The modems should be safe to have chosen this FEC protection because they have so much leeway in SNRM that they can afford to do it.

While I note that they have done this, I don't think the reduction in sync speed (from 40Mbps to 35Mbps, or a 12.5% reduction) is a consequence. It looks more like banding.
Standard User Alexir
(regular) Tue 18-Jun-13 08:35:48
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Re: DLM and the NTE Modem


[re: WWWombat] [link to this post]
 
In reply to a post by WWWombat:
It looks more like banding.


When you say banding is that a series of set levels that DLM can choose?
Standard User WWWombat
(fountain of knowledge) Tue 18-Jun-13 10:24:08
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Re: DLM and the NTE Modem


[re: Alexir] [link to this post]
 
As we understand it, yes. But there are insufficient cases for us to have a definitive list of the various levels.

We do know that a band has an upper level that it won't sync above, and a lower level where it won't sync below. The lower level is usually half of the upper.

However, when banding is applied, you'd expect the sync speed to tend to end up at the upper level, and for it to be some "nice" number - a round figure near a power of 10, or a power of 2. Unless you can see evidence that the sync happened under more trying circumstances.
Standard User zom22
(learned) Tue 18-Jun-13 10:33:10
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Re: DLM and the NTE Modem


[re: WWWombat] [link to this post]
 
FTTC Banding levels as pinched from a plusnet staff reply to a question and reposted on the Kitz forum.......

FTTC bands
Standard User BatBoy
(legend) Tue 18-Jun-13 11:54:00
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Re: DLM and the NTE Modem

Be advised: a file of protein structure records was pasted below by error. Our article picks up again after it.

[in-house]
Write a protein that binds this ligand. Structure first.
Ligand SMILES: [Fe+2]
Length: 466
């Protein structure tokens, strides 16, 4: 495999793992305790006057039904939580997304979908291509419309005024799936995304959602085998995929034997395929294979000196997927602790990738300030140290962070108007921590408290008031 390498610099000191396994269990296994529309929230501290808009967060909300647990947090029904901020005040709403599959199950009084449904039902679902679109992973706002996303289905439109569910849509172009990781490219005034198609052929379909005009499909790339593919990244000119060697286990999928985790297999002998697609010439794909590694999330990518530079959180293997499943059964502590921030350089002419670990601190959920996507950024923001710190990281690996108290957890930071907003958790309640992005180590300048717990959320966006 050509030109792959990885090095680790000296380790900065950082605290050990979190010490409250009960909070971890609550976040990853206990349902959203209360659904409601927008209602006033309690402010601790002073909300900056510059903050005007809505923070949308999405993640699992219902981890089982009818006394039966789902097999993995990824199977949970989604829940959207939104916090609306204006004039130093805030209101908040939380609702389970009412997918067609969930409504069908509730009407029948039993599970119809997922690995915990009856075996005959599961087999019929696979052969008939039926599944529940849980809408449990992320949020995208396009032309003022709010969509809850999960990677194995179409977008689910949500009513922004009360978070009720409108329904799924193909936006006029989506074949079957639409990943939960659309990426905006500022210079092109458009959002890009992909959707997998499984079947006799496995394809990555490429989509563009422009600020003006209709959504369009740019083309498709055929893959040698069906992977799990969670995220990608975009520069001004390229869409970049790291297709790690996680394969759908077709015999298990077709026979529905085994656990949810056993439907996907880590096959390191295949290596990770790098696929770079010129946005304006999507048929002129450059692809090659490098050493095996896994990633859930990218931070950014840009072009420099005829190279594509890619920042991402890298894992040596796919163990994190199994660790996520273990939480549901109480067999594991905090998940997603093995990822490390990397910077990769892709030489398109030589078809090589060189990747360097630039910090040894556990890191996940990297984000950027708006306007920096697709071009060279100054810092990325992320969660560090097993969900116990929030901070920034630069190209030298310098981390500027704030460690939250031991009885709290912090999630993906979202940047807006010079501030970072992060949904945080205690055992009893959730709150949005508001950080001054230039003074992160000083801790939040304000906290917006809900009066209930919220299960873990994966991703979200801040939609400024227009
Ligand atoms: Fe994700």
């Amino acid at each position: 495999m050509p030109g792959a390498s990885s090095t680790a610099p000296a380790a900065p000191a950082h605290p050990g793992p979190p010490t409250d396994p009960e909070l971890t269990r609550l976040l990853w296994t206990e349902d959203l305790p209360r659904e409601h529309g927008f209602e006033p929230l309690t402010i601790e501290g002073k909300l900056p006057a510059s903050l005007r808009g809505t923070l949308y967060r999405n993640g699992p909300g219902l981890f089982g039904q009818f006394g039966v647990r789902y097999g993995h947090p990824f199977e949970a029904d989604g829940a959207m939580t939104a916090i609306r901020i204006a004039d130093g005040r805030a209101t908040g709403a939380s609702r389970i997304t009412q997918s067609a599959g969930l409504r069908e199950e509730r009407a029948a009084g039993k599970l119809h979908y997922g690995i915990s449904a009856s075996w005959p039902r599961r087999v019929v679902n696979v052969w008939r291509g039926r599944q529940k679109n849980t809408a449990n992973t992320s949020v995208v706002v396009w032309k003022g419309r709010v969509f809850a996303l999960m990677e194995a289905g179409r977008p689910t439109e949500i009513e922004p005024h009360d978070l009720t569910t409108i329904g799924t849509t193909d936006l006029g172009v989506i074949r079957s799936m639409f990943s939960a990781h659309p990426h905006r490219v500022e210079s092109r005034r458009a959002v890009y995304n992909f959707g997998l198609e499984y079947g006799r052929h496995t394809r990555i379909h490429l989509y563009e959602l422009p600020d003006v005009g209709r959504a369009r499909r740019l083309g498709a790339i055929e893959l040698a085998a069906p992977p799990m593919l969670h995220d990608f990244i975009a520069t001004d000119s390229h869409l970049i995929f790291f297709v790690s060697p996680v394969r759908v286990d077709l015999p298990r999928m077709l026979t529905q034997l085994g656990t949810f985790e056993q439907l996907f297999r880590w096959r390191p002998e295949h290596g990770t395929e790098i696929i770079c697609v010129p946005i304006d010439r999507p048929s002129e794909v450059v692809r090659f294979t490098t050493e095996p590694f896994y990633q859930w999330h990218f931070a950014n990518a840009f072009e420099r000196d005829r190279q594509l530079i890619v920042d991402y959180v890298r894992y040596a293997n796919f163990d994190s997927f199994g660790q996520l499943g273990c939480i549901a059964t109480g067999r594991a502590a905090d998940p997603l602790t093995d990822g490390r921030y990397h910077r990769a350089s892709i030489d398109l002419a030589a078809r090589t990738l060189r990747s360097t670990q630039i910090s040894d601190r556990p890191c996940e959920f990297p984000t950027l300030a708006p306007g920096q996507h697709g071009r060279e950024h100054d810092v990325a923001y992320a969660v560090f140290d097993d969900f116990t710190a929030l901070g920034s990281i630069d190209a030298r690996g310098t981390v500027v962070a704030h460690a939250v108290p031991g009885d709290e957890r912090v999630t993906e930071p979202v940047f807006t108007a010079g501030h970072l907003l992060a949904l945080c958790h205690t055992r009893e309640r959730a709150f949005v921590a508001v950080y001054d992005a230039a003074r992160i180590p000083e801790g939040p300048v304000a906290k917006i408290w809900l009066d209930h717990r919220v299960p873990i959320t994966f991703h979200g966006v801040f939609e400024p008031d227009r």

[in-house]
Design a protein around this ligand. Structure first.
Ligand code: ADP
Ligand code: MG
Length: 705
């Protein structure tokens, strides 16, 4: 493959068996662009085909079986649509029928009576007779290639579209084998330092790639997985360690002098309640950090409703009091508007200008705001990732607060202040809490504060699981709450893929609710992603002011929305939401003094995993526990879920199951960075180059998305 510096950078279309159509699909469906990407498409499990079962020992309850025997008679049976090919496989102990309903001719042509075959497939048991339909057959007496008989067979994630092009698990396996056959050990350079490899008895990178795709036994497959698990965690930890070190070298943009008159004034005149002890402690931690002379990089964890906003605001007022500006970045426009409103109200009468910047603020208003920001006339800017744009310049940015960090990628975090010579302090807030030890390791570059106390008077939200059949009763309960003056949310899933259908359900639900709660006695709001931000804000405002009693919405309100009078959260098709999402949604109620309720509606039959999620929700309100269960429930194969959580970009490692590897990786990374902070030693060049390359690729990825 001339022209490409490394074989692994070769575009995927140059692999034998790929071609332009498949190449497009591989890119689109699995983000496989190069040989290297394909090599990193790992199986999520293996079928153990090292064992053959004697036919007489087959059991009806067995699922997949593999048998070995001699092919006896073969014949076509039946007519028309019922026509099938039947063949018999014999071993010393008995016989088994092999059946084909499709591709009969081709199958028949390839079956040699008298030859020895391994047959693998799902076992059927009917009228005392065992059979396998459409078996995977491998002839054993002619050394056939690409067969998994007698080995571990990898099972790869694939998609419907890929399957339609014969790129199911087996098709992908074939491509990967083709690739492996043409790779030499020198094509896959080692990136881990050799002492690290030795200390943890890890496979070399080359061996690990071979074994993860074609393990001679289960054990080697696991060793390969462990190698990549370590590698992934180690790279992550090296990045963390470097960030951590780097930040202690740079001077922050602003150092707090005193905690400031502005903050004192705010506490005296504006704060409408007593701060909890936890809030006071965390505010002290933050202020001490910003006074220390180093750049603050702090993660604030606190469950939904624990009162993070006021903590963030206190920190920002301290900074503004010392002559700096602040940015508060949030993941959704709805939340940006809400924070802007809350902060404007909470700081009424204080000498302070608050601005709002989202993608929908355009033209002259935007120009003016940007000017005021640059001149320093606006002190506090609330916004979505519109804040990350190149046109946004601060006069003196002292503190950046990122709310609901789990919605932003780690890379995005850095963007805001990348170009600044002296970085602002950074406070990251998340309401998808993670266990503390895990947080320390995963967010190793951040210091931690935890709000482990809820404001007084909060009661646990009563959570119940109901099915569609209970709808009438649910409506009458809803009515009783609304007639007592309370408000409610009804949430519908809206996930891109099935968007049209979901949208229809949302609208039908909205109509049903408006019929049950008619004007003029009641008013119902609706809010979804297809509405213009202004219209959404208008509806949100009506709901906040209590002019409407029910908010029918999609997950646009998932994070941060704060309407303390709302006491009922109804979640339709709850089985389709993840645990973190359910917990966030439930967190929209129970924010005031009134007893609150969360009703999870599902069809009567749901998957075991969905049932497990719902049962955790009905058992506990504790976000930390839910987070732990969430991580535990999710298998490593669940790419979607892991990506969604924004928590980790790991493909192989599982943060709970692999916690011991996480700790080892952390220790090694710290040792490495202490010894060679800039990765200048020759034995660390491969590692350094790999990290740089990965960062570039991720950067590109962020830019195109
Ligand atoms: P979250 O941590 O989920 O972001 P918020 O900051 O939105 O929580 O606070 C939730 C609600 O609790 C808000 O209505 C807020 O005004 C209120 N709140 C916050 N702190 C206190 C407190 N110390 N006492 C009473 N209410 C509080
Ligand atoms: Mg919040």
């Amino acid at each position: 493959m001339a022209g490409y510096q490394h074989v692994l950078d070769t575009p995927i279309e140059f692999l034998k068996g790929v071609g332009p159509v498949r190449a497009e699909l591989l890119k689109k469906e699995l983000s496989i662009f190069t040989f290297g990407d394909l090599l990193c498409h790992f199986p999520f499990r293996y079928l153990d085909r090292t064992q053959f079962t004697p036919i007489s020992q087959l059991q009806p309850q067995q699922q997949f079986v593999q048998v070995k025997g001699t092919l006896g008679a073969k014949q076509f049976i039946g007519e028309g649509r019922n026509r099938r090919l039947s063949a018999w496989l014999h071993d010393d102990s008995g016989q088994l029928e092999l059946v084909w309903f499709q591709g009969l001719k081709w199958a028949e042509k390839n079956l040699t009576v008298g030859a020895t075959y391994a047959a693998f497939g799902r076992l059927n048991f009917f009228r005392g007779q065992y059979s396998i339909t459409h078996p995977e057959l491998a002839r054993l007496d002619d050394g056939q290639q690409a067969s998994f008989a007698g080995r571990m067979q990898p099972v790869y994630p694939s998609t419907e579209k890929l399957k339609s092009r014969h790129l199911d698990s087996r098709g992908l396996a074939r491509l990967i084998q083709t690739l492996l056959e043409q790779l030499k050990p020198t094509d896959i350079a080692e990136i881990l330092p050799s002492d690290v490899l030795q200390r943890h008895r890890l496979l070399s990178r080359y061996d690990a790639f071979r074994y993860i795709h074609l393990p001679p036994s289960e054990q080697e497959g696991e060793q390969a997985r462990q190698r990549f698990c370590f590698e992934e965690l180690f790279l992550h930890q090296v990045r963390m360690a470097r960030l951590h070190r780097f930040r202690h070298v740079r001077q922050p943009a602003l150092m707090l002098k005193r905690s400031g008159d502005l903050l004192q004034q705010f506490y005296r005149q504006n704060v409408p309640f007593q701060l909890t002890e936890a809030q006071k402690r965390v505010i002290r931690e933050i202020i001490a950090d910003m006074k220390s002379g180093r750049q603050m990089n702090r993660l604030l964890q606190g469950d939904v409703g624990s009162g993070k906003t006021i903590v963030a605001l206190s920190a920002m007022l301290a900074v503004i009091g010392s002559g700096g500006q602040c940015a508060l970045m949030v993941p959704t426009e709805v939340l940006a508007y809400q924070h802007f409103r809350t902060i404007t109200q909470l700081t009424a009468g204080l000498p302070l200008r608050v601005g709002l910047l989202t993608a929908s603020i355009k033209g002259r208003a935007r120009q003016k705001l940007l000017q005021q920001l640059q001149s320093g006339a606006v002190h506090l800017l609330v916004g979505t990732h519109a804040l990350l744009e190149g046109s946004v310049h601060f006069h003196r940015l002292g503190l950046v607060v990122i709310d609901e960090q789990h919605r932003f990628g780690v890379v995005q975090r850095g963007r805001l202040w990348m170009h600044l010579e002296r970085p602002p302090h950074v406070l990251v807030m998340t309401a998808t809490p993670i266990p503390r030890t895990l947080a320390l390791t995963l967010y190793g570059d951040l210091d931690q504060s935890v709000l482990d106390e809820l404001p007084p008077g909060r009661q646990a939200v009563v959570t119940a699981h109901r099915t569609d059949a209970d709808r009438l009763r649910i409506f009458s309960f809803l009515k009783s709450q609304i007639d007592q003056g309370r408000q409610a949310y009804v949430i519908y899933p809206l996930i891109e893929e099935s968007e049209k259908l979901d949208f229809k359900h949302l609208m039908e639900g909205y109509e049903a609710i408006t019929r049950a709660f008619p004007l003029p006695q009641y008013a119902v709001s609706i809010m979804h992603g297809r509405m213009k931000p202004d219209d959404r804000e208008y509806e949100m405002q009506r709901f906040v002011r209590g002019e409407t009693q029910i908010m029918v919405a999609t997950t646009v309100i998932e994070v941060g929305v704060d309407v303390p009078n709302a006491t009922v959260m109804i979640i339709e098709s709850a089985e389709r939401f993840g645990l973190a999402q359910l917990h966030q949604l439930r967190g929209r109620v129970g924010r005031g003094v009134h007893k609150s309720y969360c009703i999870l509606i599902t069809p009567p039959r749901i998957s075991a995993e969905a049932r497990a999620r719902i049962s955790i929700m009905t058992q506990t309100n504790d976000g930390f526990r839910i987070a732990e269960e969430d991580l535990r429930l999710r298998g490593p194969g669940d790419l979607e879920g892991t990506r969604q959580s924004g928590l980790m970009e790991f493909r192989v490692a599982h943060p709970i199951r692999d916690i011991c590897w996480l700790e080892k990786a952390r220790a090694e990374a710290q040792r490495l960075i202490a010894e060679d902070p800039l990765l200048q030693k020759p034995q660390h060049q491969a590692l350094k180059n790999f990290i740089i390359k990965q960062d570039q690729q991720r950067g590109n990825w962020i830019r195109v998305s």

[re: zom22] [link to this post]
 
You mean this? http://community.plus.net/forum/index.php?action=dla...


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Standard User Alexir
(regular) Thu 20-Jun-13 11:11:01
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Re: DLM and the NTE Modem


[re: Alexir] [link to this post]
 
Current plans to monitor the connection hoping for a recovery to full speed not going well due to someone in the house doing a massive P2P again. Anyway here's another snapshot http://goo.gl/lhhvV system uptime is 6 days 20 hours which I think is when I flashed the new firmware, what does DSL uptime 22 hours mean? The modem wasn't switched off as I guess that wouldn't allow a system uptime of 6 days, so the signal was interrupted yesterday? Also now on Interleave 1123
Standard User WWWombat
(fountain of knowledge) Thu 20-Jun-13 11:19:25
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Re: DLM and the NTE Modem


[re: Alexir] [link to this post]
 
DSL uptime is the time since the last resync, while system uptime is the time since the modem rebooted.

I can see that there was a change to the FEC settings (because R is now 10), but can't work out the rest as they fall into the next screenful. It'd be good to see all 6 parameters I mention in a previous post.

As some P2P has been running, it'd be good to see the set of FEC/CRC/ES values too.